It must now be very boring to be a farmer around here, growing either GM soy beans or corn in rotation. Most of those two crops are destined to feed animals who will soon be killed. The rest goes into unhealthy processed foods. Every year, for the almost 24 years that I’ve lived here, I go past the same fields growing one or the other – that’s all they grow, year after year after year!
Since “Idle No More,” my knowledge about Indigenous matters has grown. I’ve only skimmed the surface, enough to know that I know and understand very little. As a child of British descent growing up in Toronto my only awareness involved coveting one of my best friend’s “Indian Chief” hat.
Since the mid-1900s Gore’s Landing has been a quiet hamlet, its history almost forgotten by all but those who call it home. Still a summertime beacon, the opening of fishing season finds its municipal dock, resorts and camps full of happy anglers, boaters and campers oblivious of the heritage of their surroundings.
One of the most profound changes for me was becoming a vegan rather than only vegetarian. Learning more about the dairy, chicken egg and bee product industries was the impetus. Isn’t it interesting that when one searches for information rather than accepting what you grew up with, one’s thinking often changes?
About two weeks before the official beginning of summer, it finally warmed up, the rain took a break, and Spring began. The wet cold made it seem that winter would never end – I was still wearing many layers well into May.
I love garlic and want to plant more this year. Last year I spent ages separating the cloves before planting out. This year I searched and found a really easy way to accomplish this little task…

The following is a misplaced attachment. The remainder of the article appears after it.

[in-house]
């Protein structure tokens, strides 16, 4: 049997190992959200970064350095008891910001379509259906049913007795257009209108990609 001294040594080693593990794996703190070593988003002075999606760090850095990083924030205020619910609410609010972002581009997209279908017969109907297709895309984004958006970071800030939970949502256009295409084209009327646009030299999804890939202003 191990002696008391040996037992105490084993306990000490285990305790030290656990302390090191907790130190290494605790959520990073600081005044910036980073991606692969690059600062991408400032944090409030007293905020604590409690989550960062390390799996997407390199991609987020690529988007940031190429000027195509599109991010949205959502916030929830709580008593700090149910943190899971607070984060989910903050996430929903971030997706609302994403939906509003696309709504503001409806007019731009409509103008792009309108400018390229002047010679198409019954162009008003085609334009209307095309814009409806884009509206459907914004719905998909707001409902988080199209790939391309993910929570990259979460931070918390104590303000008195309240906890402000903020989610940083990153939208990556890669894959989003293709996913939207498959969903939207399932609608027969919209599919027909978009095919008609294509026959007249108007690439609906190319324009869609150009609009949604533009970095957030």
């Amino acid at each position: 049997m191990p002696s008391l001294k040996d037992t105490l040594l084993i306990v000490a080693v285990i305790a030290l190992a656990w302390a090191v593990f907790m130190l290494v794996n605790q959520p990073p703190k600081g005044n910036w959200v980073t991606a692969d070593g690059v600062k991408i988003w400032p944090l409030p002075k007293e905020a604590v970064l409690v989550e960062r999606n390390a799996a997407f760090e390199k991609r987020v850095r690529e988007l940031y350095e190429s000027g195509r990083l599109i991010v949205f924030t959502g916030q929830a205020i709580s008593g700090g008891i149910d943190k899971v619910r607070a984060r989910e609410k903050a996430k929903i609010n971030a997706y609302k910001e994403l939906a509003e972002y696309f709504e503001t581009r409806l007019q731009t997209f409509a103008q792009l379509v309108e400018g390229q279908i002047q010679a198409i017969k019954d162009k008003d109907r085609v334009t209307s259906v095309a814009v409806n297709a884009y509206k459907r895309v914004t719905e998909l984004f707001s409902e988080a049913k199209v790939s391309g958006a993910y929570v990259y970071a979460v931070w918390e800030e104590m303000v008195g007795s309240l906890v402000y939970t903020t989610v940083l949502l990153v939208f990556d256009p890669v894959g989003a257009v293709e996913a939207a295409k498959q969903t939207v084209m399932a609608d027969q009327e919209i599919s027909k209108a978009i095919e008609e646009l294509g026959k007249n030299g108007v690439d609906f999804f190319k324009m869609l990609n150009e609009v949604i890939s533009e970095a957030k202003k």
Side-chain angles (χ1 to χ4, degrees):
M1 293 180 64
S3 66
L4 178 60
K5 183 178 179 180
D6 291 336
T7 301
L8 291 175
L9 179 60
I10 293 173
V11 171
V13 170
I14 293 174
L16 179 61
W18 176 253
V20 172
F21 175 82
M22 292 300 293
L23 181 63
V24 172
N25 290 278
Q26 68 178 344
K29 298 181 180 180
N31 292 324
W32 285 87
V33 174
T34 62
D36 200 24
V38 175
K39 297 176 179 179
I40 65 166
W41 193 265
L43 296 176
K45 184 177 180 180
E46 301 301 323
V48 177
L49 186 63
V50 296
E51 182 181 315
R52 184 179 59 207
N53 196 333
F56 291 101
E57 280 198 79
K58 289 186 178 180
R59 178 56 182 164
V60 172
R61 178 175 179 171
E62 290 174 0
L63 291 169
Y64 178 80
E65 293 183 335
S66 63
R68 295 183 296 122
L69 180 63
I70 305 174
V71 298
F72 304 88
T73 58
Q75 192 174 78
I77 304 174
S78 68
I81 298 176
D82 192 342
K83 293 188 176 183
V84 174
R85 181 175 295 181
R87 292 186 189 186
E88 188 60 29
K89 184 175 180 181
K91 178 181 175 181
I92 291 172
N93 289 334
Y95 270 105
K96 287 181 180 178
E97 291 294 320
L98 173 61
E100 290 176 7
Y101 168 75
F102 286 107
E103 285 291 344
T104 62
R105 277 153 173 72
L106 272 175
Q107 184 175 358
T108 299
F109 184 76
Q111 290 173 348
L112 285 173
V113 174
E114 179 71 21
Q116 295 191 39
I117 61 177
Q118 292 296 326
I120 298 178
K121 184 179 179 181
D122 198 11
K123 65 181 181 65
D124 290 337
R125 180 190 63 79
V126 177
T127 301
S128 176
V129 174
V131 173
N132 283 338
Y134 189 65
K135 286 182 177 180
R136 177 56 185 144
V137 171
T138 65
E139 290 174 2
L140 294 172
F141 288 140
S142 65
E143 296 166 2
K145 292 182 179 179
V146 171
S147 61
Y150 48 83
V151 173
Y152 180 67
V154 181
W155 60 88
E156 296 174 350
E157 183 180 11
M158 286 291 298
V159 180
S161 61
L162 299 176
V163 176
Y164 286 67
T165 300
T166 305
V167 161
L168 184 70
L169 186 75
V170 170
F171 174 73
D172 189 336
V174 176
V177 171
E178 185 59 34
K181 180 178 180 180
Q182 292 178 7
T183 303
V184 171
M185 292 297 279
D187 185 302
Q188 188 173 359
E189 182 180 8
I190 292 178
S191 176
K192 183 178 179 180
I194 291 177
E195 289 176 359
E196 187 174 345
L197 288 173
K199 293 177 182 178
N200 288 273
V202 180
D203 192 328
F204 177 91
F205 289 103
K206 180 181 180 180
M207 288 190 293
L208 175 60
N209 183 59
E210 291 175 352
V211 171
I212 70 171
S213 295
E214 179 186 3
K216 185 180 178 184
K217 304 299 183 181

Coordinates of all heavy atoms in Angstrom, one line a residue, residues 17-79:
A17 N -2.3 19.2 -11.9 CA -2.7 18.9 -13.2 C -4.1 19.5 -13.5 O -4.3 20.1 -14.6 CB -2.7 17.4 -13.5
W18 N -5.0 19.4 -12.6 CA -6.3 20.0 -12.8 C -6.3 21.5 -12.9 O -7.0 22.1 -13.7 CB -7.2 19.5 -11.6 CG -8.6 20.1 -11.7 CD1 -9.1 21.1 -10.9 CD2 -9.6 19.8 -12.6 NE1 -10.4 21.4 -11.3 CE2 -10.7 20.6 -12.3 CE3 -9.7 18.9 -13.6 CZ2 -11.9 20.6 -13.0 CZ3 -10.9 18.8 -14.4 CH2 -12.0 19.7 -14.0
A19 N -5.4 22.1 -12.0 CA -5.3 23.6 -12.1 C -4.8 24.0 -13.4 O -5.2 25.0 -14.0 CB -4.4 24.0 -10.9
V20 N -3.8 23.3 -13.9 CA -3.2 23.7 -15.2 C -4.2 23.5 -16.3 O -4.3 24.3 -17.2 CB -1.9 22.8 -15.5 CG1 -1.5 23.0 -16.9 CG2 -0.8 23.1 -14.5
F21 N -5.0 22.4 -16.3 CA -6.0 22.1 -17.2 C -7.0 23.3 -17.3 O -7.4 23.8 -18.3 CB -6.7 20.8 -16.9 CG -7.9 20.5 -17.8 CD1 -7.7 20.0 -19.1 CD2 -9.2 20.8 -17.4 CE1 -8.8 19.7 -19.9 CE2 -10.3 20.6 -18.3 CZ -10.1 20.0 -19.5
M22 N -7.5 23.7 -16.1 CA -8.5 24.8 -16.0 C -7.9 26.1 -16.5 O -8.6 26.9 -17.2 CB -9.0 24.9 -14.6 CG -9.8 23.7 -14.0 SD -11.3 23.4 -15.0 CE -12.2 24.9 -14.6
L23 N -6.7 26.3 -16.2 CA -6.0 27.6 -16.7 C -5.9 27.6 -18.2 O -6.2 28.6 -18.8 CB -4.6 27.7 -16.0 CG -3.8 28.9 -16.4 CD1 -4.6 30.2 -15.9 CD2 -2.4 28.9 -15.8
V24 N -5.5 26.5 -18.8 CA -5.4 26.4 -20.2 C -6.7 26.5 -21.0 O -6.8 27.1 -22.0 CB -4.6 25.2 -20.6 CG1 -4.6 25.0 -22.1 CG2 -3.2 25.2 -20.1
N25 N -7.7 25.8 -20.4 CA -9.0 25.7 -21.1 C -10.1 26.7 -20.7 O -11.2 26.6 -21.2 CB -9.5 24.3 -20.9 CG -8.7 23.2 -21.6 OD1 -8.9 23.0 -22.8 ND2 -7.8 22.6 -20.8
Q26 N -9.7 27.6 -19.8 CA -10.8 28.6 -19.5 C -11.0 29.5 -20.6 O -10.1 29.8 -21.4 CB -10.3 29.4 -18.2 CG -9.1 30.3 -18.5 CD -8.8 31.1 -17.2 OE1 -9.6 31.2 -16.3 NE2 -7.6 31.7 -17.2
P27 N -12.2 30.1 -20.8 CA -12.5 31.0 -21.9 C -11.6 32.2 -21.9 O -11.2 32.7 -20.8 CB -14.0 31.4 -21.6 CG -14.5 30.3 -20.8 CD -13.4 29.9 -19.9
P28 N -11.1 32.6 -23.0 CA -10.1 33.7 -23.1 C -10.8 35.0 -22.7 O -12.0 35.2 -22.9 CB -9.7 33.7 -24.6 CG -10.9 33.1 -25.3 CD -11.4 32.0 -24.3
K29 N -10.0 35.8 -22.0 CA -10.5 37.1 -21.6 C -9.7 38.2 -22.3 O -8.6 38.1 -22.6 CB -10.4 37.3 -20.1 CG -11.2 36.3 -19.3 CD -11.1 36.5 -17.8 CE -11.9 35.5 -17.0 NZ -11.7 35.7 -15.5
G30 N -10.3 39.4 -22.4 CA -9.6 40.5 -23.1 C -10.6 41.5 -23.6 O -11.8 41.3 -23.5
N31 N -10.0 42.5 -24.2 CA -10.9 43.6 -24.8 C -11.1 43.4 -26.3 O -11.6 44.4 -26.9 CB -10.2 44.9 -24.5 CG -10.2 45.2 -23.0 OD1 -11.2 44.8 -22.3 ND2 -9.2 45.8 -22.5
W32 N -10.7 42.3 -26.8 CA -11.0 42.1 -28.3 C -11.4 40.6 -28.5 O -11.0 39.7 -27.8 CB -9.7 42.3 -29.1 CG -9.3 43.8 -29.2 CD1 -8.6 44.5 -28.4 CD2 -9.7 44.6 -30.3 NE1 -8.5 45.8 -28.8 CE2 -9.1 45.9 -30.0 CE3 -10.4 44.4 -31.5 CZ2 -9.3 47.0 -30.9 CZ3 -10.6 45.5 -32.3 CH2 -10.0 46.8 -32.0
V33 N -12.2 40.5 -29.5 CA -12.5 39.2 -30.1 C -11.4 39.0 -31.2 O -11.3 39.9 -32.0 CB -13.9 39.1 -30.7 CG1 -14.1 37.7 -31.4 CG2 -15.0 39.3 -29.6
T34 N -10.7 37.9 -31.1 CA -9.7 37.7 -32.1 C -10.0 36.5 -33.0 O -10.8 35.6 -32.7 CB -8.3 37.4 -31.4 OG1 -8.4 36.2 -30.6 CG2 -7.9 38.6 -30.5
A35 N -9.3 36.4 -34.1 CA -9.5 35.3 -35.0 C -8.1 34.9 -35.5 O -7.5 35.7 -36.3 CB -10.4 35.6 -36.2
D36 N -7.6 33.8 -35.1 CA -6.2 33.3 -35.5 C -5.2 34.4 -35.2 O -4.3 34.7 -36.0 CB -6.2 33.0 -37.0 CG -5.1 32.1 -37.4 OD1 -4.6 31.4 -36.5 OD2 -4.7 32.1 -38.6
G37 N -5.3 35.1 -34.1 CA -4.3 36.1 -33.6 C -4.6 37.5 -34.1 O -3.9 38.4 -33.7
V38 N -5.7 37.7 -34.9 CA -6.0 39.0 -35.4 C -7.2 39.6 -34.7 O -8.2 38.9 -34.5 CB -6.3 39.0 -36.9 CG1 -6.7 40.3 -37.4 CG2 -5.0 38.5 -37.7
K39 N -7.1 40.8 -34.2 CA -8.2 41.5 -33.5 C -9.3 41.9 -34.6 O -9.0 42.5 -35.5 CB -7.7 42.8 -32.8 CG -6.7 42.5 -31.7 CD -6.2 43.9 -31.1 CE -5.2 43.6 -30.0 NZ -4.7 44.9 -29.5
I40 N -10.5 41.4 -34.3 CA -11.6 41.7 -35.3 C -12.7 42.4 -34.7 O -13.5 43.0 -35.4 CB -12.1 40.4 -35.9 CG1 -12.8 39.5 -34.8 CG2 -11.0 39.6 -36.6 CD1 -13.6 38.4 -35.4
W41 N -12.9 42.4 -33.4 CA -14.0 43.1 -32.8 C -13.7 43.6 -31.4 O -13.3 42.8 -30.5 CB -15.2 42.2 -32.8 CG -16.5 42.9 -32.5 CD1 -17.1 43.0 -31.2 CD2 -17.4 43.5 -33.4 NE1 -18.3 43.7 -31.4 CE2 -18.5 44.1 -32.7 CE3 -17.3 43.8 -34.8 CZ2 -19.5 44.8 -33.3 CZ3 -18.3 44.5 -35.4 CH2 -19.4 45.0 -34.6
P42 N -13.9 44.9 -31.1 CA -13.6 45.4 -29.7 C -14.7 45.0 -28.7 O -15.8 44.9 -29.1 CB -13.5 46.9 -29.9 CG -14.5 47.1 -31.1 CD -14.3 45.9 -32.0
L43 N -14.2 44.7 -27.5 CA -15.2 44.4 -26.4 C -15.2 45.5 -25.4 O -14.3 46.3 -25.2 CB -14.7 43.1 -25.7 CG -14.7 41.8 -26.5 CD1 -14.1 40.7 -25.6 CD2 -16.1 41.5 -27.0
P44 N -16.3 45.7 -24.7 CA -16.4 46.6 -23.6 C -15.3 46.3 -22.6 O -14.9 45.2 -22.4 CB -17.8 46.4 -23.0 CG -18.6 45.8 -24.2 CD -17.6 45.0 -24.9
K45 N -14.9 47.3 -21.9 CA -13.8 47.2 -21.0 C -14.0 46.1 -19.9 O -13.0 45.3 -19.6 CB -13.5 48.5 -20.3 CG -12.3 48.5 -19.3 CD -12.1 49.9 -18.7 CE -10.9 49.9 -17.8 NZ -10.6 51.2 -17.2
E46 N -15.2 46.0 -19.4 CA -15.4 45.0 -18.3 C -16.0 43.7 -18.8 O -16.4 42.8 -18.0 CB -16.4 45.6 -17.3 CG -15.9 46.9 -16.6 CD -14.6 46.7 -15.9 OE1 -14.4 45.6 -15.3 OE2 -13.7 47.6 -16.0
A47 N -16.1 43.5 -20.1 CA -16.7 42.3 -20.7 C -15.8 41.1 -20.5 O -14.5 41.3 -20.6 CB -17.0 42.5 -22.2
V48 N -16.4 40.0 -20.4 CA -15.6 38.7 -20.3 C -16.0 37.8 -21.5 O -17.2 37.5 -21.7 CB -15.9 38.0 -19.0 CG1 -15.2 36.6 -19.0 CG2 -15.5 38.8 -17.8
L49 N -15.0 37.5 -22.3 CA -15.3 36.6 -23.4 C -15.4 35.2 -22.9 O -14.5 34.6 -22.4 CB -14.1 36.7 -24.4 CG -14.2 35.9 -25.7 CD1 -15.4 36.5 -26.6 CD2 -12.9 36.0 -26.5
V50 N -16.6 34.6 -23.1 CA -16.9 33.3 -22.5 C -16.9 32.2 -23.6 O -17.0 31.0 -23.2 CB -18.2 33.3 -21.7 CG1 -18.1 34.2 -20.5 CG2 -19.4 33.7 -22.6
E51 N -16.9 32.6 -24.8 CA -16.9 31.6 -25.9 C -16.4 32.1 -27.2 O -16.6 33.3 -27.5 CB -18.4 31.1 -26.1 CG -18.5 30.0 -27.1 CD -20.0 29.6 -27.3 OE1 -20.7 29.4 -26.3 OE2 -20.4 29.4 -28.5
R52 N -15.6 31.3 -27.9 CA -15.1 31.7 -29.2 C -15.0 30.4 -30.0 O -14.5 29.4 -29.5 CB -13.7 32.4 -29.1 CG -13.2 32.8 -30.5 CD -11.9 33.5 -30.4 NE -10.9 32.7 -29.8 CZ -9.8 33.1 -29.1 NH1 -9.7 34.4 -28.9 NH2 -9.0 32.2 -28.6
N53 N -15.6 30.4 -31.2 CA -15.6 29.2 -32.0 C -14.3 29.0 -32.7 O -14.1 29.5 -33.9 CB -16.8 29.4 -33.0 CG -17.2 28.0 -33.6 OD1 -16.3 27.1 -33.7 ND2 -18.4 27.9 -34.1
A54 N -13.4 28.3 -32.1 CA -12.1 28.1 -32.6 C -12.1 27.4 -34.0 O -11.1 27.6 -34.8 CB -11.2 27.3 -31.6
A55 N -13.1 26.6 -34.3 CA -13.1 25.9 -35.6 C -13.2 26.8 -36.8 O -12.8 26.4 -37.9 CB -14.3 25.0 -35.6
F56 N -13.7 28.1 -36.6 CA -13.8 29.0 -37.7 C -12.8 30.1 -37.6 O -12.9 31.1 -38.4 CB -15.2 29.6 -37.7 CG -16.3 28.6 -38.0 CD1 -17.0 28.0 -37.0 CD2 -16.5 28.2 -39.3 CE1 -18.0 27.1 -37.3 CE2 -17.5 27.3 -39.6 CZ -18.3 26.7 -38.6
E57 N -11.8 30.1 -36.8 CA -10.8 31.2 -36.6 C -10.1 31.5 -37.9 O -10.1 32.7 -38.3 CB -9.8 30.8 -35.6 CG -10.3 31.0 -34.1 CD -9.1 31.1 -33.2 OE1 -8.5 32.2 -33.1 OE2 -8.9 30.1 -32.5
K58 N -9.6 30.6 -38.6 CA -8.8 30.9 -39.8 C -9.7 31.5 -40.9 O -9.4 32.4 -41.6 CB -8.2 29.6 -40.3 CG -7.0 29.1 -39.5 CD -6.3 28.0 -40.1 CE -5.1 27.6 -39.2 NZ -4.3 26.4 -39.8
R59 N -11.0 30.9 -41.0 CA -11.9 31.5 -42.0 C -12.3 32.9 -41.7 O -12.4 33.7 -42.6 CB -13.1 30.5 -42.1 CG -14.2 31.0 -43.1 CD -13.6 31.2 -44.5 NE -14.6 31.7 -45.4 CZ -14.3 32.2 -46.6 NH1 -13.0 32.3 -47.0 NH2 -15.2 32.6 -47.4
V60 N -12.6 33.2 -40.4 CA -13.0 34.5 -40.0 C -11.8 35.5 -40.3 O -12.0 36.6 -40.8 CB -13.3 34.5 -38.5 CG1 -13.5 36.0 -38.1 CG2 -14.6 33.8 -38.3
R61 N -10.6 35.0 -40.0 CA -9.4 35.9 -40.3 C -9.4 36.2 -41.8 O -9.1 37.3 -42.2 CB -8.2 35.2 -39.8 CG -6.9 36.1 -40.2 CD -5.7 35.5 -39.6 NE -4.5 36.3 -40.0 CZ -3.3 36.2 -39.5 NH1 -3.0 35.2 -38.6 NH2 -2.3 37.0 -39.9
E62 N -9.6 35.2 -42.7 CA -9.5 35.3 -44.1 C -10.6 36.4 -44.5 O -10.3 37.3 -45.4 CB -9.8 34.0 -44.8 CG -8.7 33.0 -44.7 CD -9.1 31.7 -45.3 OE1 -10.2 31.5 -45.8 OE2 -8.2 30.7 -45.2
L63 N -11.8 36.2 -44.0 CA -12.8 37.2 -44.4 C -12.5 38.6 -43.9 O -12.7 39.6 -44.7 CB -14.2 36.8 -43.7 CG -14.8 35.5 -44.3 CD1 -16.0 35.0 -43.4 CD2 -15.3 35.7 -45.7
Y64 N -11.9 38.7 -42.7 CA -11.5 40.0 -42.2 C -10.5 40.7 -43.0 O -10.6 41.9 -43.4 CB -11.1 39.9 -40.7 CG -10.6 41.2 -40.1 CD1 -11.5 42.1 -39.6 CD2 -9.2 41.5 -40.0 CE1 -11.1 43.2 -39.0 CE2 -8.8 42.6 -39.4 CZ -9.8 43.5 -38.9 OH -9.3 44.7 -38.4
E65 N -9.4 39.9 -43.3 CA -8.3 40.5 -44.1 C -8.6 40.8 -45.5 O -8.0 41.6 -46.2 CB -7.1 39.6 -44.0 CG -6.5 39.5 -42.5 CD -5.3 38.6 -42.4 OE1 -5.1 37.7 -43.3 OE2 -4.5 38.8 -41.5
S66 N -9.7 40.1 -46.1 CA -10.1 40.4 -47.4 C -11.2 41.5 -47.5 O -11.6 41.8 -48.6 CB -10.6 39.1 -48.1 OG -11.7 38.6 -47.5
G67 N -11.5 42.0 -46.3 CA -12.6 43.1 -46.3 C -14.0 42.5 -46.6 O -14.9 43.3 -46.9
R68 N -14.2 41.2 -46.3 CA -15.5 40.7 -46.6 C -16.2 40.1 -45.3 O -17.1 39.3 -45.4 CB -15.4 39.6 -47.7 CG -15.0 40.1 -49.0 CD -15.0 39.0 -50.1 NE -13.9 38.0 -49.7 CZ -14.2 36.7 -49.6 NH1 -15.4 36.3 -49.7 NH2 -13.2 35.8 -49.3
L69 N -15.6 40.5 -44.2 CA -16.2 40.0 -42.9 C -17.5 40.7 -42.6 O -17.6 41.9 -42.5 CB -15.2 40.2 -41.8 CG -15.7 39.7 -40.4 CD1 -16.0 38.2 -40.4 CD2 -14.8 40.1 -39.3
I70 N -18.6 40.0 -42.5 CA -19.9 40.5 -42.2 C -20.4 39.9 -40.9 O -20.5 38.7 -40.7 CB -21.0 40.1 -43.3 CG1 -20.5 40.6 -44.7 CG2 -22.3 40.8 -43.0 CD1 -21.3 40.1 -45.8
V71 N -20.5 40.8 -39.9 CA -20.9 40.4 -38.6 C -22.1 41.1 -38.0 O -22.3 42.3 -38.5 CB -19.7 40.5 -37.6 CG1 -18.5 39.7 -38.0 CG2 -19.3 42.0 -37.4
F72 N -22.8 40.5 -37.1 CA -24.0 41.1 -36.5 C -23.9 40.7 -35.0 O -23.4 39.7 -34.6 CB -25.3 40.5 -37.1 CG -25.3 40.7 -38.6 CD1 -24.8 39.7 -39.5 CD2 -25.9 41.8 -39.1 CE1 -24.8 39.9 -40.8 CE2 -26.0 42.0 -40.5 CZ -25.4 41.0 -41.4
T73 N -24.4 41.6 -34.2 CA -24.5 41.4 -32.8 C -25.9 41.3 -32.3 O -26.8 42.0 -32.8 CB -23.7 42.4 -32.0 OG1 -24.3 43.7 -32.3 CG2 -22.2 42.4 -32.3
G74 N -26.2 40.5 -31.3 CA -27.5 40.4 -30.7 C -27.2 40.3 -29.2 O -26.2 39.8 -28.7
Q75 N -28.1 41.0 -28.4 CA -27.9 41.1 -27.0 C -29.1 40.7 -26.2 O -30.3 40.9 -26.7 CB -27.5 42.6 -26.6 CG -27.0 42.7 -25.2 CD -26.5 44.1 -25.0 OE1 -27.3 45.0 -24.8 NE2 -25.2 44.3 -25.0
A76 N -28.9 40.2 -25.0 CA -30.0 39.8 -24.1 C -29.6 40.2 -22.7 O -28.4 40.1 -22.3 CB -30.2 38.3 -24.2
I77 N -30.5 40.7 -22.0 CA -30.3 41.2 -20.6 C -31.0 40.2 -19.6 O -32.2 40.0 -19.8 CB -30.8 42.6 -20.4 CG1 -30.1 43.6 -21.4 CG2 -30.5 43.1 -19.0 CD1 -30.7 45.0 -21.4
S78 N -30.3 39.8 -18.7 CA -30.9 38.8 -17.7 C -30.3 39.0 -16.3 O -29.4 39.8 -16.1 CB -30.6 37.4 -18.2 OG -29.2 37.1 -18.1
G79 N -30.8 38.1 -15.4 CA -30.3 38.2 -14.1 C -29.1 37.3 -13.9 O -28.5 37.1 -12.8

In my corner of the world we’ve been pretty lucky so far. Our weather has had its ups and downs, but nowhere near what’s been happening in other parts of the world. This year has been different: apparently the current drought is the worst since 1959. Weathering challenging times like this will take more serious thought and ingenuity as climate change continues.
The Hazel Bird Nature Reserve is well worth a visit. It’s much more fun to explore than a playground! It comprises many different habitats including tallgrass prairie, sand barren, oak woodland and black oak savanna, which are all native to the Rice Lake Plains. On a perfect Spring day in early May we went for the first time.
I wonder if there’s a prize for being the most infrequent rambling blogger of all time?
I think as a blogger you’re supposed to post a new article a tad more often than twice a year or so. At least I don’t inundate readers with unwanted mail!
My biggest lesson from this is that one simply can’t do everything (at least I can’t).